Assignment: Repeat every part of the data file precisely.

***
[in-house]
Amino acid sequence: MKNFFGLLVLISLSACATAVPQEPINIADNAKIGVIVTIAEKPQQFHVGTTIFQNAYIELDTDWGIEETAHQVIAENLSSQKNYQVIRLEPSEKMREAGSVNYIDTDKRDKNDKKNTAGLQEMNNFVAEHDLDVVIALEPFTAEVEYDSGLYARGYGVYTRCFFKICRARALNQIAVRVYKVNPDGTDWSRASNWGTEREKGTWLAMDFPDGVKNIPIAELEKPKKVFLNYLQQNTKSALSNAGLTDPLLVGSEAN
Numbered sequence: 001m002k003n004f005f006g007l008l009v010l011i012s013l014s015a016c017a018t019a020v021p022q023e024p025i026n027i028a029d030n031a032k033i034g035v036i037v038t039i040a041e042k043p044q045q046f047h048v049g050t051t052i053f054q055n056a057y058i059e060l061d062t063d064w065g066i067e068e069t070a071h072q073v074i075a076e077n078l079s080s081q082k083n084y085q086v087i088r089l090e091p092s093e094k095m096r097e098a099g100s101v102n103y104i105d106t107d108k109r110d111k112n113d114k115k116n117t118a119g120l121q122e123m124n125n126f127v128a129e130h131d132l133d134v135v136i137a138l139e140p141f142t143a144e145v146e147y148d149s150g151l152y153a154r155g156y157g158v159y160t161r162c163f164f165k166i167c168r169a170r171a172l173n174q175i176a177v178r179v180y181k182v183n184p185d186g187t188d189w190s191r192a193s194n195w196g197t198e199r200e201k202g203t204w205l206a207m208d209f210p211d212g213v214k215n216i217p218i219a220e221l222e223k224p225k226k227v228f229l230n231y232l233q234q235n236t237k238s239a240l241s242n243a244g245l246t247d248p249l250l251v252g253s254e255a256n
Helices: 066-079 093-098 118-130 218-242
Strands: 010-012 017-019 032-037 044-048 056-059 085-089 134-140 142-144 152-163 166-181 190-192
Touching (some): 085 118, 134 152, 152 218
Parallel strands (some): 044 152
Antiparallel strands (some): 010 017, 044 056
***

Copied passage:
[in-house]
Amino acid sequence: MKNFFGLLVLISLSACATAVPQEPINIADNAKIGVIVTIAEKPQQFHVGTTIFQNAYIELDTDWGIEETAHQVIAENLSSQKNYQVIRLEPSEKMREAGSVNYIDTDKRDKNDKKNTAGLQEMNNFVAEHDLDVVIALEPFTAEVEYDSGLYARGYGVYTRCFFKICRARALNQIAVRVYKVNPDGTDWSRASNWGTEREKGTWLAMDFPDGVKNIPIAELEKPKKVFLNYLQQNTKSALSNAGLTDPLLVGSEAN
Numbered sequence: 001m002k003n004f005f006g007l008l009v010l011i012s013l014s015a016c017a018t019a020v021p022q023e024p025i026n027i028a029d030n031a032k033i034g035v036i037v038t039i040a041e042k043p044q045q046f047h048v049g050t051t052i053f054q055n056a057y058i059e060l061d062t063d064w065g066i067e068e069t070a071h072q073v074i075a076e077n078l079s080s081q082k083n084y085q086v087i088r089l090e091p092s093e094k095m096r097e098a099g100s101v102n103y104i105d106t107d108k109r110d111k112n113d114k115k116n117t118a119g120l121q122e123m124n125n126f127v128a129e130h131d132l133d134v135v136i137a138l139e140p141f142t143a144e145v146e147y148d149s150g151l152y153a154r155g156y157g158v159y160t161r162c163f164f165k166i167c168r169a170r171a172l173n174q175i176a177v178r179v180y181k182v183n184p185d186g187t188d189w190s191r192a193s194n195w196g197t198e199r200e201k202g203t204w205l206a207m208d209f210p211d212g213v214k215n216i217p218i219a220e221l222e223k224p225k226k227v228f229l230n231y232l233q234q235n236t237k238s239a240l241s242n243a244g245l246t247d248p249l250l251v252g253s254e255a256n
Helices: 066-079 093-098 118-130 218-242
Strands: 010-012 017-019 032-037 044-048 056-059 085-089 134-140 142-144 152-163 166-181 190-192
Touching (some): 085 118, 134 152, 152 218
Parallel strands (some): 044 152
Antiparallel strands (some): 010 017, 044 056